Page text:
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Ettore Bugatti: Le Patron

Ettore Bugatti – referred to as “Le Patron” – comes from a family of artists and, in fact, had no training as an engineer. Instead, he acquired his technical knowledge and skills through trial and error, countless structural drawings and his obsession to only accept the best.

He pursued his passion with a youthful élan, while his German contemporaries, Daimler and Maybach, were already over 40 years old and well-established engineers. Ettore Bugatti seemed eccentric in comparison to these greats of the automobile industry. In his exceptionally fine suits and unconventional attire, he often stood out like an exotic bird. Other aspects fed into the legend, as well. Not everyone was allowed to purchase a Bugatti. The buyer had to prove his worthiness to own one.

Ettore Bugatti pursued his ideas with persistence and, not surprisingly, it was very difficult to change his mind. Although his co-workers often had to scrutinise his designs for their technical feasibility, the final result was always a perfectly proportioned automobile, which, from an aesthetic standpoint, was impossible to resist. From an economic point of view, however, since each Bugatti had to be produced by hand, the costs were much too excessive. Ettore Bugatti stubbornly ignored the emerging features of industrial manufacturing. He was much more interested in the outcome than in the production process. Sometimes he only adopted technical innovations after his racing cars had failed to be first across the finishing line. In his opinion, the compressors that gave his competitors an edge on speed, disfigured the overall aesthetics of the motor.

What makes Ettore Bugatti and the Bugatti brand so fascinating are not only the many significant achievements. His propensity to make wrong decisions and his unwillingness to compromise consistently brought him into economic difficulties; his company repeatedly teetered on the brink of collapse. Yet, time and again, “Le Patron” found solutions and was able to keep the company afloat with other fields of work. Besides building airplane engines, Bugatti also developed and built carriages for the French railway. This project was one of the reasons that Bugatti and his 800 employees were able to survive the global economic crisis of the 1930s.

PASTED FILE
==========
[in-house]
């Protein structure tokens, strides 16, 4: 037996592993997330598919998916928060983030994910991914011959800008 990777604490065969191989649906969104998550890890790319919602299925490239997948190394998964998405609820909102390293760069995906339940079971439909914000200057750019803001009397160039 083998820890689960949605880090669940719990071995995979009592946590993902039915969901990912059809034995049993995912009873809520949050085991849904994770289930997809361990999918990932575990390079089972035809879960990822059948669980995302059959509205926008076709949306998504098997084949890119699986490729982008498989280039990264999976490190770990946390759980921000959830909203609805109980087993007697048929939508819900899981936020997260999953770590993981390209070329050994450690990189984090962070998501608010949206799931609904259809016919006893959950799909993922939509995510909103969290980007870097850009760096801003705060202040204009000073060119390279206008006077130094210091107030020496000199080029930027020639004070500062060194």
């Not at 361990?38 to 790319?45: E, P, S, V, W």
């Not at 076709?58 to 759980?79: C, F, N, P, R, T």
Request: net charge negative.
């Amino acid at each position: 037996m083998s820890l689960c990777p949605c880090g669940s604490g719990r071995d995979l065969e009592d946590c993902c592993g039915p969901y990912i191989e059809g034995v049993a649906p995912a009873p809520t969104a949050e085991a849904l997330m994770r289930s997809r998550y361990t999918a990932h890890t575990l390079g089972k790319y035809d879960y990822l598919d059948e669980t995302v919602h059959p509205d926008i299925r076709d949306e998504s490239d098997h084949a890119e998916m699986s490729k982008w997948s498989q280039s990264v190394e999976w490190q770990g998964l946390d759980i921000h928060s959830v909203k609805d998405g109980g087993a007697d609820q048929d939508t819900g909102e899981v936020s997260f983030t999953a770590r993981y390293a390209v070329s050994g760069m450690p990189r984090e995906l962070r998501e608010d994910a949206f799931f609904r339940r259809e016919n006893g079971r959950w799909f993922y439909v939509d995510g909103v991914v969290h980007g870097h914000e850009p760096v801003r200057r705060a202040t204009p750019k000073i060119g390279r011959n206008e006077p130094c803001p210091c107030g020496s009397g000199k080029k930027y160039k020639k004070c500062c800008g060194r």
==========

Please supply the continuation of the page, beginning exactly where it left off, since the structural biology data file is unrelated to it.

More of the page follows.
Perhaps it was exactly his unconventional approach that allowed Ettore Bugatti to produce such irresistible creations, combining technical excellence with a conscious departure from conventional solutions. He created art on wheels, swift-as-an-arrow design icons for the race track. Even today, the simple beauty of his motors and other technical components are breathtaking. As a passionate horse lover, he liked to call his aesthetically meticulous creations “Pur Sang”, or thoroughbreds. In 2008, this name was taken up once more, for the limited special edition model Bugatti Veyron 16.4 Pur Sang.

Type 35 fulfilled the Pur Sang principle particularly well. It embodied powerful functionality reduced to the absolute essentials. Also in its reincarnation as the Bugatti Veyron 16.4, top engineering and design coexist without compromise. Before Type 35, a maximum speed of more than 400 kilometres per hour and over 1000 PS were considered unthinkable in a series vehicle. Yet this racecar was also quite suitable for daily use, in all kinds of weather. Before this peak performance in engineering could be achieved, creative challenges had to be met in lightweight construction, aerodynamics, safety and, above all, in the engine.

Ettore Bugatti as a young man

Ettore Bugatti as a young man

Ettore Bugatti at the wheel of his 1898 automobile

Ettore Bugatti at the wheel of his 1898 automobile

Engine for Type 57 S

Engine for Type 57 S